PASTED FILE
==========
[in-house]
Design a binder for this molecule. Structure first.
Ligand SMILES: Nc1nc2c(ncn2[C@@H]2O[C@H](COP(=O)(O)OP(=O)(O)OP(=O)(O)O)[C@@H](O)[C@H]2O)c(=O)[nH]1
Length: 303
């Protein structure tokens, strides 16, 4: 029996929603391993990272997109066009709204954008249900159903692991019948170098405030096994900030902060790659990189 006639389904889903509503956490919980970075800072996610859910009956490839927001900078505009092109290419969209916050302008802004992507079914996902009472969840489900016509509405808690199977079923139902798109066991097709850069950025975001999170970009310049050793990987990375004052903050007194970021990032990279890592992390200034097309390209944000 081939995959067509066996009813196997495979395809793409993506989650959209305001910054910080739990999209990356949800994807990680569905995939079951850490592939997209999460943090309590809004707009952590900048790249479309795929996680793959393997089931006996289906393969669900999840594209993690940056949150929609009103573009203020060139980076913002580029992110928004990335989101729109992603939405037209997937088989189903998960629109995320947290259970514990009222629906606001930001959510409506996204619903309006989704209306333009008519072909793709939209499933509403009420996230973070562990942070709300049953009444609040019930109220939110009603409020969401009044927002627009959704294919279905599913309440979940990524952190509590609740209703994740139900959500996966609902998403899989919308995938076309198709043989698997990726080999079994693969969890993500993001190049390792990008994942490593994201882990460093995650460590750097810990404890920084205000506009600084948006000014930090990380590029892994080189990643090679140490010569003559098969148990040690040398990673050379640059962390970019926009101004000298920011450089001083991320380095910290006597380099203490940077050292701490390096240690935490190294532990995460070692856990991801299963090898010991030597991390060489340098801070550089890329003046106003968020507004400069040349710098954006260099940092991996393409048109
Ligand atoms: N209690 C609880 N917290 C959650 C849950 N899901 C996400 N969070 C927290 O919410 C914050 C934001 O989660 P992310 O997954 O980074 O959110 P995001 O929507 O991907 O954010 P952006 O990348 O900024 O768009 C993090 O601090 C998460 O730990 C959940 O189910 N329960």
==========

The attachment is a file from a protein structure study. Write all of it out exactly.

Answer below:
[in-house]
Design a binder for this molecule. Structure first.
Ligand SMILES: Nc1nc2c(ncn2[C@@H]2O[C@H](COP(=O)(O)OP(=O)(O)OP(=O)(O)O)[C@@H](O)[C@H]2O)c(=O)[nH]1
Length: 303
């Protein structure tokens, strides 16, 4: 029996929603391993990272997109066009709204954008249900159903692991019948170098405030096994900030902060790659990189 006639389904889903509503956490919980970075800072996610859910009956490839927001900078505009092109290419969209916050302008802004992507079914996902009472969840489900016509509405808690199977079923139902798109066991097709850069950025975001999170970009310049050793990987990375004052903050007194970021990032990279890592992390200034097309390209944000 081939995959067509066996009813196997495979395809793409993506989650959209305001910054910080739990999209990356949800994807990680569905995939079951850490592939997209999460943090309590809004707009952590900048790249479309795929996680793959393997089931006996289906393969669900999840594209993690940056949150929609009103573009203020060139980076913002580029992110928004990335989101729109992603939405037209997937088989189903998960629109995320947290259970514990009222629906606001930001959510409506996204619903309006989704209306333009008519072909793709939209499933509403009420996230973070562990942070709300049953009444609040019930109220939110009603409020969401009044927002627009959704294919279905599913309440979940990524952190509590609740209703994740139900959500996966609902998403899989919308995938076309198709043989698997990726080999079994693969969890993500993001190049390792990008994942490593994201882990460093995650460590750097810990404890920084205000506009600084948006000014930090990380590029892994080189990643090679140490010569003559098969148990040690040398990673050379640059962390970019926009101004000298920011450089001083991320380095910290006597380099203490940077050292701490390096240690935490190294532990995460070692856990991801299963090898010991030597991390060489340098801070550089890329003046106003968020507004400069040349710098954006260099940092991996393409048109
Ligand atoms: N209690 C609880 N917290 C959650 C849950 N899901 C996400 N969070 C927290 O919410 C914050 C934001 O989660 P992310 O997954 O980074 O959110 P995001 O929507 O991907 O954010 P952006 O990348 O900024 O768009 C993090 O601090 C998460 O730990 C959940 O189910 N329960």